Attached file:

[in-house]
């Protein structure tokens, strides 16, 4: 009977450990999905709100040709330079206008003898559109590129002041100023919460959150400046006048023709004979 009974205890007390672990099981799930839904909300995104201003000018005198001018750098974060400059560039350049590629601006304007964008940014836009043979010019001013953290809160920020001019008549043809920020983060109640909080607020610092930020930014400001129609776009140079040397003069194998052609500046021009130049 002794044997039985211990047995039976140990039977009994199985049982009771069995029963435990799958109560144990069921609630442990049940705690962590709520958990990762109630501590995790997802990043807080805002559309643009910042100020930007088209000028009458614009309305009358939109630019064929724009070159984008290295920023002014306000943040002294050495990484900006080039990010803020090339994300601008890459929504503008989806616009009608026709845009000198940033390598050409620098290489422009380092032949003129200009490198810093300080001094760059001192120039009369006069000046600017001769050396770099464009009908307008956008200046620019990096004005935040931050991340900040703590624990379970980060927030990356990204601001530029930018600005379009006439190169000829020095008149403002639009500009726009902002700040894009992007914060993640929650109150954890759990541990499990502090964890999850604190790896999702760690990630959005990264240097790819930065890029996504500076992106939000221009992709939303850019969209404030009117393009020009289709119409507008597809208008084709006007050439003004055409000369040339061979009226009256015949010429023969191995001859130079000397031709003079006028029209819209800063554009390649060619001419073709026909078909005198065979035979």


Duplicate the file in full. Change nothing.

[in-house]
């Protein structure tokens, strides 16, 4: 009977450990999905709100040709330079206008003898559109590129002041100023919460959150400046006048023709004979 009974205890007390672990099981799930839904909300995104201003000018005198001018750098974060400059560039350049590629601006304007964008940014836009043979010019001013953290809160920020001019008549043809920020983060109640909080607020610092930020930014400001129609776009140079040397003069194998052609500046021009130049 002794044997039985211990047995039976140990039977009994199985049982009771069995029963435990799958109560144990069921609630442990049940705690962590709520958990990762109630501590995790997802990043807080805002559309643009910042100020930007088209000028009458614009309305009358939109630019064929724009070159984008290295920023002014306000943040002294050495990484900006080039990010803020090339994300601008890459929504503008989806616009009608026709845009000198940033390598050409620098290489422009380092032949003129200009490198810093300080001094760059001192120039009369006069000046600017001769050396770099464009009908307008956008200046620019990096004005935040931050991340900040703590624990379970980060927030990356990204601001530029930018600005379009006439190169000829020095008149403002639009500009726009902002700040894009992007914060993640929650109150954890759990541990499990502090964890999850604190790896999702760690990630959005990264240097790819930065890029996504500076992106939000221009992709939303850019969209404030009117393009020009289709119409507008597809208008084709006007050439003004055409000369040339061979009226009256015949010429023969191995001859130079000397031709003079006028029209819209800063554009390649060619001419073709026909078909005198065979035979």